The Angels rolled into the Winter Meetings in December with a plan to fill the holes in their roster for 2017 and hopes that they'd get better and maybe a bit -- or a lot? -- luckier when it comes to injuries.They like their core of position players. They love
The Angels rolled into the Winter Meetings in December with a plan to fill the holes in their roster for 2017 and hopes that they'd get better and maybe a bit -- or a lot? -- luckier when it comes to injuries.
They like their core of position players. They love their MVP center fielder. They have a large group of starting pitchers to choose from once Spring Training begins in February. Their bullpen has the potential to be a real asset. And they have the longest-tenured manager in Major League Baseball.
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But the Angels need to improve quite a bit from their 74-88 record in 2016 if they're going to seriously contend in the American League West. The defending champion Rangers appear to have gotten better, as have the second-place Mariners and third-place Astros. It's going to be a very competitive division once again, so they need to bring it from Game 1 all the way through No. 162.
"I think that any time you go through a season, whether it's a good season or a bad season … you look within not only yourself, but you look within your staff and you look within your organization to see if there are things that you can do better," Angels manager Mike Scioscia said.
That means getting a new second baseman (Danny Espinosa). That means getting a new left fielder (Cameron Maybin). That means getting a catcher, a fourth outfielder and more pitching -- moves that could still be coming this winter.
In the meantime, here are five questions the Angels need answered if they're going to contend in 2017:
1. Can they stay healthy? Given the fact that starters Garrett Richards, Andrew Heaney and Nick Tropeano all tore their ulnar collateral ligaments last year, and that left-hander Tyler Skaggs missed most of the season while he came back from his torn UCL, the Angels will still be playing catch-up. Richards will attempt to come back without surgery, but Heaney and Tropeano are on the shelf for the year.
That's where a large group of starting pitching candidates enter the picture, with Ricky Nolasco and Matt Shoemaker expected to make the rotation, along with new signee Jesse Chavez. Alex Meyer, Nate Smith, John Lamb, JC Ramirez, Daniel Wright and others are possibilities.
The Angels simply cannot afford to have another season full of bad luck in the arm-health department.
2. What else will they do? The Angels still need a backup outfielder, and they prefer to sign one who hits left-handed, so Coco Crisp and Ángel Pagán make sense. They could also entertain the idea of adding another starter or two, although their recent trade of projected starter Jett Bandy to Milwaukee for backup catcher Martín Maldonado and a Minor League pitcher might indicate they are in play for a free-agent backstop like Matt Wieters.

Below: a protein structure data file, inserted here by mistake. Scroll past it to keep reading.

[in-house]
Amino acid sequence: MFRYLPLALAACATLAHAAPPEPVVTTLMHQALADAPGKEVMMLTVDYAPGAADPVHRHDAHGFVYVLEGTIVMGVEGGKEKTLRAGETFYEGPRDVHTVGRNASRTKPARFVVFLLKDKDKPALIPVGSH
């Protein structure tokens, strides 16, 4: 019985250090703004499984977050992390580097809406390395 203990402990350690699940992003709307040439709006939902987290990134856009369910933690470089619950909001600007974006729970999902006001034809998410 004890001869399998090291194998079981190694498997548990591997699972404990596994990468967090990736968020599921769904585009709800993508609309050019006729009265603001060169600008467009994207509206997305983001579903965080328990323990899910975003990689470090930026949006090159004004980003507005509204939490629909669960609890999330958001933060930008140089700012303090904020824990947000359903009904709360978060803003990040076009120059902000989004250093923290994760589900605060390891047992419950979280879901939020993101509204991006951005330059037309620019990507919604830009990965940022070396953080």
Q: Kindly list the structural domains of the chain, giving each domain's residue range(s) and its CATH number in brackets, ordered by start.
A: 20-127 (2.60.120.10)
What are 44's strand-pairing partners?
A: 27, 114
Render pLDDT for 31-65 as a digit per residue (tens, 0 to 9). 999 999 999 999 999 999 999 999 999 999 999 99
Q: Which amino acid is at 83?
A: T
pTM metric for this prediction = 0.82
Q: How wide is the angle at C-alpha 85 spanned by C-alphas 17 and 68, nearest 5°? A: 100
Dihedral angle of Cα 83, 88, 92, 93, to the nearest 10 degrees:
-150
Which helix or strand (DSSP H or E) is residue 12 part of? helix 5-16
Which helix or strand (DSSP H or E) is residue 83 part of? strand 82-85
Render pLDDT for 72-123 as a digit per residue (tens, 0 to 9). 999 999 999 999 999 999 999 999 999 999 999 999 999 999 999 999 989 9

3. Will Albert Pujols still be effective? The future Hall of Famer turns 37 on Jan. 16, and he's recovering from plantar fascia surgery on his right foot that will probably have him cutting it close when it comes to being ready for Opening Day. Those two things combined aren't exactly the most positive developments, but then again, this is no normal player.
Even with advancing age and health issues, Pujols can still hit. And a simple repeat of his 2016 totals -- .268/.323/.457, 31 homers and 119 RBIs -- would fit just fine in the middle of what should be an improved lineup.
4. Who will close games? The Angels have veteran closer Huston Street coming back off an injury and up-and-coming Cam Bedrosian, who was dominant (1.12 ERA, 51 strikeouts in 40 1/3 innings) before succumbing to his own injuries. They also have Andrew Bailey, a former All-Star closer who pitched well after joining the Angels last year, so there could be a competition for who gets the ball in the ninth.
"His role is going to be based on his performance," Scioscia said of Street. "If he's throwing the ball like he did and throwing it consistently, he's a natural to be at the back end of our bullpen, and he definitely has a chance to win that job, and we will be deeper if Huston is pitching in the ninth inning."
5. Can Mike Trout really keep this up? It seems impossible, doesn't it? And then he goes and pulls it off, every year.
Some might argue that Trout wasn't quite as good in his latest MVP year of 2016 as he was in his other MVP year of '14, or the other three seasons in which he finished second in the award voting, but he did tally career-high numbers in walks (116) and on-base percentage (.441) while cutting down his strikeouts to 137 from 184 in '14 and 158 in '15. He doesn't turn 26 until Aug. 7.
That means he's getting, well, better. Doesn't it?
Doug Miller is a reporter for MLB.com. Follow him on Twitter @DougMillerMLB.